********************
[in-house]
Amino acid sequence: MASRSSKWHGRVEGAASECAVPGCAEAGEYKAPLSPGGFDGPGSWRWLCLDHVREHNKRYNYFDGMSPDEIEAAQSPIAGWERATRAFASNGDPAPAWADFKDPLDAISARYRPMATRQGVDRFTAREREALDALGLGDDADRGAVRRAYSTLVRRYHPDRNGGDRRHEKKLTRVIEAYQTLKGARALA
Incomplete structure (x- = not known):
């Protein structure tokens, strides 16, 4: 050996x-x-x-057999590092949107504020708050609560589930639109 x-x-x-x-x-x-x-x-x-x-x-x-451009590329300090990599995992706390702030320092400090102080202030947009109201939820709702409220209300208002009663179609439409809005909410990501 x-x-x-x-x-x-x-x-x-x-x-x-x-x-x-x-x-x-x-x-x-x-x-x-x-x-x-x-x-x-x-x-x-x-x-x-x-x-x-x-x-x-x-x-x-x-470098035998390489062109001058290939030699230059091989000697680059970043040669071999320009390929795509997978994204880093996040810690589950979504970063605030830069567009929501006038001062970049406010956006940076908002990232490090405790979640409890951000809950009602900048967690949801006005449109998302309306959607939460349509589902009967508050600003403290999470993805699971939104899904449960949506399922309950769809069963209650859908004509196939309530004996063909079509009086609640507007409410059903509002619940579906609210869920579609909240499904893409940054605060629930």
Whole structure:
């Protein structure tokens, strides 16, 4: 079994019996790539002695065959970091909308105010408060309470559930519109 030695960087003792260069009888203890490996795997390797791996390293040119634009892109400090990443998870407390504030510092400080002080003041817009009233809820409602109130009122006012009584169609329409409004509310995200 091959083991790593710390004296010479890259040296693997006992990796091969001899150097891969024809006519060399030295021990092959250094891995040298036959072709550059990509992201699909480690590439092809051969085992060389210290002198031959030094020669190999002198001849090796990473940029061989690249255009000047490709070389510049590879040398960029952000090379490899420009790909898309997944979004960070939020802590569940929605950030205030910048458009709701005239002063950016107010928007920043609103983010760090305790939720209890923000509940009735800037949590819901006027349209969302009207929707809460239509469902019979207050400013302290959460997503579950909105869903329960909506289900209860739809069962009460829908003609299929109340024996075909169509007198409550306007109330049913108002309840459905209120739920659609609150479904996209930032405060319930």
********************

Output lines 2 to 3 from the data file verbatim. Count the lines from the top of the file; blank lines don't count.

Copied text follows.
Amino acid sequence: MASRSSKWHGRVEGAASECAVPGCAEAGEYKAPLSPGGFDGPGSWRWLCLDHVREHNKRYNYFDGMSPDEIEAAQSPIAGWERATRAFASNGDPAPAWADFKDPLDAISARYRPMATRQGVDRFTAREREALDALGLGDDADRGAVRRAYSTLVRRYHPDRNGGDRRHEKKLTRVIEAYQTLKGARALA
Incomplete structure (x- = not known):